Growing up, John Gray listened to his grandmother, Lillie Mae Wiggins, talk about the history of black churches in Decatur — of the founding of the one-time interracial Spring Hill Church, the creation of the “city church” First Missionary Baptist and the founding of Westside Baptist.
Now, as leader of El Shaddai Church, formerly known as Spring Hill, Gray is passing on those history lessons to the next generations.
“My grandmother passed away four years ago at the age of 104. She would always talk about the history of the churches in Decatur and how it all started with Spring Hill,” Gray said.
The church sits on the northwest border of Decatur, bordered by the railroad track, factories and a cemetery dating to the early 19th century.
For the past two centuries, people gathered on the plot of land to pray. They prayed for peace during the Mexican-American War, Civil War, Spanish-American War, World War I, World War II, Vietnam War, Korean War and Gulf War. They prayed for freedom as Abraham Lincoln signed the Emancipation Proclamation and the Rev. Martin Luther King Jr. led marches during the civil rights movement.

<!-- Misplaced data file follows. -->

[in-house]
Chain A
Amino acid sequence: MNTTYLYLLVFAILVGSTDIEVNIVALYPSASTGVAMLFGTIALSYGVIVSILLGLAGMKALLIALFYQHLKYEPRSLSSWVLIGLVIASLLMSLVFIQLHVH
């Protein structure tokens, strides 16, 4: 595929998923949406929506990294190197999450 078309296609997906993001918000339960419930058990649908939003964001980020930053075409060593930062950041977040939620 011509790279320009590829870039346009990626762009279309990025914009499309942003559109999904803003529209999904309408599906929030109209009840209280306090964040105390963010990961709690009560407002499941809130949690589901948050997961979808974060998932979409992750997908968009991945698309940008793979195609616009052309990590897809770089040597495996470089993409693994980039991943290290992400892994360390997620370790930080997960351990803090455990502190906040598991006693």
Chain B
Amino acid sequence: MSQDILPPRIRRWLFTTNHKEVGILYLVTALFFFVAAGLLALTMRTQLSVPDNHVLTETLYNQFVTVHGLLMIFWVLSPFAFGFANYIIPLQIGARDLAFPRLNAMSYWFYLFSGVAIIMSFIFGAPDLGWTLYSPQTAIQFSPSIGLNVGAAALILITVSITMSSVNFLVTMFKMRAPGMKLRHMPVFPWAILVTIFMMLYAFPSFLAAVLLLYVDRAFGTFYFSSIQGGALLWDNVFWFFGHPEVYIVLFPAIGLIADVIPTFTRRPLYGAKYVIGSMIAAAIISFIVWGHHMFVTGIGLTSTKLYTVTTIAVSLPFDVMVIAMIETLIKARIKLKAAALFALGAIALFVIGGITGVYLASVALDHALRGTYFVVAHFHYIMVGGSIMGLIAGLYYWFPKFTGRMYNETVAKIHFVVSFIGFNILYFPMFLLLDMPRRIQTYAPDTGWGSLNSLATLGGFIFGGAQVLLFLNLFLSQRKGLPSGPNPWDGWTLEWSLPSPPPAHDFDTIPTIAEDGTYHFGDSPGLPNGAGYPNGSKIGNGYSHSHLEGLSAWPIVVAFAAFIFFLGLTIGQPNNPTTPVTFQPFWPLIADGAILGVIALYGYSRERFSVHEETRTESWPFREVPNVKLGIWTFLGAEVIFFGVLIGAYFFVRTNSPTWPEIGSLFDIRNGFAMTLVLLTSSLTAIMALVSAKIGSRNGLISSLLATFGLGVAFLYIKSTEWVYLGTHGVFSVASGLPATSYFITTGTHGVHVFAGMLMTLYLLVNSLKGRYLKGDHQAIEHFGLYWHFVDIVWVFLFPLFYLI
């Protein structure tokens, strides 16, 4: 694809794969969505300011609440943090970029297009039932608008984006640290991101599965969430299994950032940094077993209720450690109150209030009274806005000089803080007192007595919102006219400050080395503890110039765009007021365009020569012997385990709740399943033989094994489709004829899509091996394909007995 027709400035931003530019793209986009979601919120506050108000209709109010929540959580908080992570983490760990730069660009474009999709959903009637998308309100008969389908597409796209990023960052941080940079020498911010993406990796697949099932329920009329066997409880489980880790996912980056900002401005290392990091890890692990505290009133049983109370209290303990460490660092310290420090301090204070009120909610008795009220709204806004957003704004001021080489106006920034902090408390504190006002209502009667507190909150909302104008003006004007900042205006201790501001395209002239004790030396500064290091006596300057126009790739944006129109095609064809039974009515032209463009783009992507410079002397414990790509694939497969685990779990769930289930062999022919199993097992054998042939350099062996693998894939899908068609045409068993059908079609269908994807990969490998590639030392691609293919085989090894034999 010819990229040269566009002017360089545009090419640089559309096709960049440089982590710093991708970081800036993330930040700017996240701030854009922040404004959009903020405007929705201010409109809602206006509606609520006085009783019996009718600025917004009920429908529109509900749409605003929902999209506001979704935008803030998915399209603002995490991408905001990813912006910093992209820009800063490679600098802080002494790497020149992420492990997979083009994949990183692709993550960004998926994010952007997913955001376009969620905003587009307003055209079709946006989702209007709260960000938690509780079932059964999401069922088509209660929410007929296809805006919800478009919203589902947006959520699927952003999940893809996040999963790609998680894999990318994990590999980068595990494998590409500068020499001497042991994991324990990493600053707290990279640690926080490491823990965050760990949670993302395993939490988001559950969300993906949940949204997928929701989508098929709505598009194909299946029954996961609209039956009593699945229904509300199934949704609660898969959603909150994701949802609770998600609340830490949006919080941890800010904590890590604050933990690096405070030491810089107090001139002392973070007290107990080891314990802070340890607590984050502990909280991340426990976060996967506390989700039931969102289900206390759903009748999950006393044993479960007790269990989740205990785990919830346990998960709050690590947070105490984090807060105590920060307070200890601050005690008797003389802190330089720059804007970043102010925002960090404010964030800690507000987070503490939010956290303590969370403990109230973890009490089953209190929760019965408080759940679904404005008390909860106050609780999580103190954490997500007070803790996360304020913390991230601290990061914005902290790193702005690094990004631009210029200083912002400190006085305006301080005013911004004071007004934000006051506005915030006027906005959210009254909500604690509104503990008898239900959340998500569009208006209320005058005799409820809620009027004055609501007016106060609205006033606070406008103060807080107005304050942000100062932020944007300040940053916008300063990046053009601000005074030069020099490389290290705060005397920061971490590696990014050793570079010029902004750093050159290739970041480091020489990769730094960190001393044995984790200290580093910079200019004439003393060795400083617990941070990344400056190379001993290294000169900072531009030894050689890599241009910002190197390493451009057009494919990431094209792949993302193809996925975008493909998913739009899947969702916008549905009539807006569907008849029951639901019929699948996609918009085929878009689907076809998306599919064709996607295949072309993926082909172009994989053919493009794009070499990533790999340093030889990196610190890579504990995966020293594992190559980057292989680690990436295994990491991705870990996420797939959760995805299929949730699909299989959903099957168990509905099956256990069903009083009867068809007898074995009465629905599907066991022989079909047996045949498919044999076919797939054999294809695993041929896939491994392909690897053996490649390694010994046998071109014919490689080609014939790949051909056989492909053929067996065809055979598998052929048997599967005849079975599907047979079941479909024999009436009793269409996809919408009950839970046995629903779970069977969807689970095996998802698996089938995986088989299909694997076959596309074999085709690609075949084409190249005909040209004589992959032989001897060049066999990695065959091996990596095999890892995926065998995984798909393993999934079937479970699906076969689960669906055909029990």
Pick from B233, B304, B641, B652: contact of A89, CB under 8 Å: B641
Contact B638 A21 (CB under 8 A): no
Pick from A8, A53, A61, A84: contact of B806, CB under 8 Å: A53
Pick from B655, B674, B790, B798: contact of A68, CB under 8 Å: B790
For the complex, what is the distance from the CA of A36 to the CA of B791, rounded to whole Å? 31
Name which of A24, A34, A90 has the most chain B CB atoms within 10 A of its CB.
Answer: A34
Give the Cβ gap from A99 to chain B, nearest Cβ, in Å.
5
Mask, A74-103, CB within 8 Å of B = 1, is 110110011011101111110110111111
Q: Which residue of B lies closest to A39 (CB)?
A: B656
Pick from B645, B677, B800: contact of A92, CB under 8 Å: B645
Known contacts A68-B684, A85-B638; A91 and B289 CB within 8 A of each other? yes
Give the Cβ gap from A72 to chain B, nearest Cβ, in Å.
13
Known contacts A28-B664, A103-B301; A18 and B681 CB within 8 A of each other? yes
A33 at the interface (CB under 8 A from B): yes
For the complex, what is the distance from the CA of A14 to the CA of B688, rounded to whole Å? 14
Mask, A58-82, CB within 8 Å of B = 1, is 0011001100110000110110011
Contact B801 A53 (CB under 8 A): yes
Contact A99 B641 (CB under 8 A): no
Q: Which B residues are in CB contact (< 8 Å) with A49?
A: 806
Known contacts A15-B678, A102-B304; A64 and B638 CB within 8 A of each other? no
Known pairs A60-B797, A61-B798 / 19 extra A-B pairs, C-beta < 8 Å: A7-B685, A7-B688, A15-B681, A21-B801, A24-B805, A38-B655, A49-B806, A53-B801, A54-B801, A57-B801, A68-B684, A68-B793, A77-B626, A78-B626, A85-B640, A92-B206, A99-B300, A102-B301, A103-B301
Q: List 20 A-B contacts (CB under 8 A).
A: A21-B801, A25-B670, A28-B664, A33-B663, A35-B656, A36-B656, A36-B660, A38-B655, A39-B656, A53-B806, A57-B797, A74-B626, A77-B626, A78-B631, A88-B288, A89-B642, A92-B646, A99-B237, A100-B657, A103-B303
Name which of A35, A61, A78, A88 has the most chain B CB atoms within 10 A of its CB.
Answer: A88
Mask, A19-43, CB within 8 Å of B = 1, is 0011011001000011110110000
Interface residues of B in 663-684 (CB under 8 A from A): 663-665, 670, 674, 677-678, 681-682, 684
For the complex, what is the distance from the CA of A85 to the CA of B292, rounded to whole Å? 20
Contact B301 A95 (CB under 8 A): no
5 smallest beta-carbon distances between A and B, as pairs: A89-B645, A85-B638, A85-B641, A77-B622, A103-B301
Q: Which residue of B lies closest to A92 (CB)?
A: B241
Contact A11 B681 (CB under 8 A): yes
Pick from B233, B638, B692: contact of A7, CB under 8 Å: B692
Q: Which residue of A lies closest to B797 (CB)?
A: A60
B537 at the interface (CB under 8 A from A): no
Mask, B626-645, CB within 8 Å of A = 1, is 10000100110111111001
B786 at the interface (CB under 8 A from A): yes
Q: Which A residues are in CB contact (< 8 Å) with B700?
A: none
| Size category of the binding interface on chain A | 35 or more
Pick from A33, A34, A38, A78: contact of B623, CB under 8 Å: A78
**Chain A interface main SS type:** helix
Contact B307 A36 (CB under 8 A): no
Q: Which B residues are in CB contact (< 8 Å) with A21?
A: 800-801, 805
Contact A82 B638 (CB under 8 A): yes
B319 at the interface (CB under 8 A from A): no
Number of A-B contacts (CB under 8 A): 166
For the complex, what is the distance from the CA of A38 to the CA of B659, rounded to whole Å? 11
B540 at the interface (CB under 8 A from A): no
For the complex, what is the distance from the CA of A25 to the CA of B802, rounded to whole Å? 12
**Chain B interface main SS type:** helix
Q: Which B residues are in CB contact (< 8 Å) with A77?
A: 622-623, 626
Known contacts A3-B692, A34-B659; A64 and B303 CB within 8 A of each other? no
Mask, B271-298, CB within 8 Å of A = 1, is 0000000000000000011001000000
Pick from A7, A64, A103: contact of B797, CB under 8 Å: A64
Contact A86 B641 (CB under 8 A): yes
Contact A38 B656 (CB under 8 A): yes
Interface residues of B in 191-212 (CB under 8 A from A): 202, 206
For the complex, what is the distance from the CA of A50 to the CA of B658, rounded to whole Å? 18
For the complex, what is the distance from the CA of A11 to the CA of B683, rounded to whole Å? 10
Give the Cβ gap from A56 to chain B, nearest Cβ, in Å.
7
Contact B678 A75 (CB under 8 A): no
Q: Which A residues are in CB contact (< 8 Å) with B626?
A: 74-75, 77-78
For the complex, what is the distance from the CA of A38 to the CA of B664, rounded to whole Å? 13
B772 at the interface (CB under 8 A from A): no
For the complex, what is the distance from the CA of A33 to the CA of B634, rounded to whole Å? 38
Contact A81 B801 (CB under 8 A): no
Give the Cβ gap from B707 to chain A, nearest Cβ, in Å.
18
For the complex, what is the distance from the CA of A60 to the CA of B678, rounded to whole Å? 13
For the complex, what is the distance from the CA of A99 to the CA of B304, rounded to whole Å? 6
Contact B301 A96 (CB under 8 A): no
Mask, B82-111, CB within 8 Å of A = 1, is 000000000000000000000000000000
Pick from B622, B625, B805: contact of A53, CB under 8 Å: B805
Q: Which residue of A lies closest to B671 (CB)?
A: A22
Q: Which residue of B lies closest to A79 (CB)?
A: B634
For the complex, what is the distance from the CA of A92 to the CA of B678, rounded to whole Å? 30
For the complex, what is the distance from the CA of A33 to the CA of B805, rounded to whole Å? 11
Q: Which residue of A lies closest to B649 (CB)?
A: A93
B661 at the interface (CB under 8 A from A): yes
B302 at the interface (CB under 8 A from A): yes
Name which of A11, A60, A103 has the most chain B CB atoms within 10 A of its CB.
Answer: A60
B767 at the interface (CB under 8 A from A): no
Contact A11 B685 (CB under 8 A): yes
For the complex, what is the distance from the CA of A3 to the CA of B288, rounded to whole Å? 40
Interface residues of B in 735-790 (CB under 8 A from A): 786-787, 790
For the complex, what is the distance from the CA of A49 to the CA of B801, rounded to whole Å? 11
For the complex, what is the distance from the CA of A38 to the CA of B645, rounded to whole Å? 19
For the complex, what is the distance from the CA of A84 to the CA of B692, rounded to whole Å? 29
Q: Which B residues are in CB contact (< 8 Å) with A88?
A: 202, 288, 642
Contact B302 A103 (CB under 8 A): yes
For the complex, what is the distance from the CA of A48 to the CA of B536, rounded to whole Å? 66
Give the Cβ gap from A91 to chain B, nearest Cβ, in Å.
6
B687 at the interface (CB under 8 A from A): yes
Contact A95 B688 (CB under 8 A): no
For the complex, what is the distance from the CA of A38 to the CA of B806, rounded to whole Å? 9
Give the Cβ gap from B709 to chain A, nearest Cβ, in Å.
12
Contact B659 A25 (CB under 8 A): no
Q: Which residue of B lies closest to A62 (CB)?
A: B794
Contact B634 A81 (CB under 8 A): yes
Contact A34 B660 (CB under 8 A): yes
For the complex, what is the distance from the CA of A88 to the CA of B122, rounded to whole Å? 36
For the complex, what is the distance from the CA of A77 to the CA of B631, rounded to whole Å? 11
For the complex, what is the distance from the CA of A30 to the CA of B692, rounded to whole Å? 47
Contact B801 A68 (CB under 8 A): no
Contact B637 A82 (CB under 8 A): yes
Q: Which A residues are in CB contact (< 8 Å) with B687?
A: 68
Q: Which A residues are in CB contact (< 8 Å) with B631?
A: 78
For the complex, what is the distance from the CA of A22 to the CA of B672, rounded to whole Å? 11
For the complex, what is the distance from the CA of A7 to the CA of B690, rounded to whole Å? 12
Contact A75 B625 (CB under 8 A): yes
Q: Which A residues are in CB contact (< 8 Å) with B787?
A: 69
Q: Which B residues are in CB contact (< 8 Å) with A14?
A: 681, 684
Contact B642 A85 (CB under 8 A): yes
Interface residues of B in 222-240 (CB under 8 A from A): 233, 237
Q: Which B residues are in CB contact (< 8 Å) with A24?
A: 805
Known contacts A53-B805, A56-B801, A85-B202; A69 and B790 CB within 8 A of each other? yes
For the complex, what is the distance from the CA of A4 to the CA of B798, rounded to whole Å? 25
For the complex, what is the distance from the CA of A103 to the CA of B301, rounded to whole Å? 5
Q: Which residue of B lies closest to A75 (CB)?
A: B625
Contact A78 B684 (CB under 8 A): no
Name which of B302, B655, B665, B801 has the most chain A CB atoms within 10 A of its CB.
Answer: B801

While the earliest written record of the church dates to 1821, when Spring Hill entered the Muscle Shoals Association, oral records, passed down from generation to generation, place the church’s history even earlier. Evidence exists from 1812 — the date on the church cemetery’s oldest stone remembering the life of Nancy E.B. Thompson. According to the Morgan County Archives, Thompson, the 12-year-old daughter of Edward and M. Thompson, died June 5, 1812.
What the congregation knows is the church on Old Trinity Road, which many people believe to be the oldest African-American church in Decatur, was first established for white worshippers.
“When the church was established, the story goes, they made the deal with a spit in the hand. Back then when someone gave his word, that was it,” Geneva Gray, John Gray’s mother, said during the church’s 190th celebration. “This is one of the oldest churches in these parts. From this church sprang other churches.”
Source: Decatur Daily / Catherine Godbey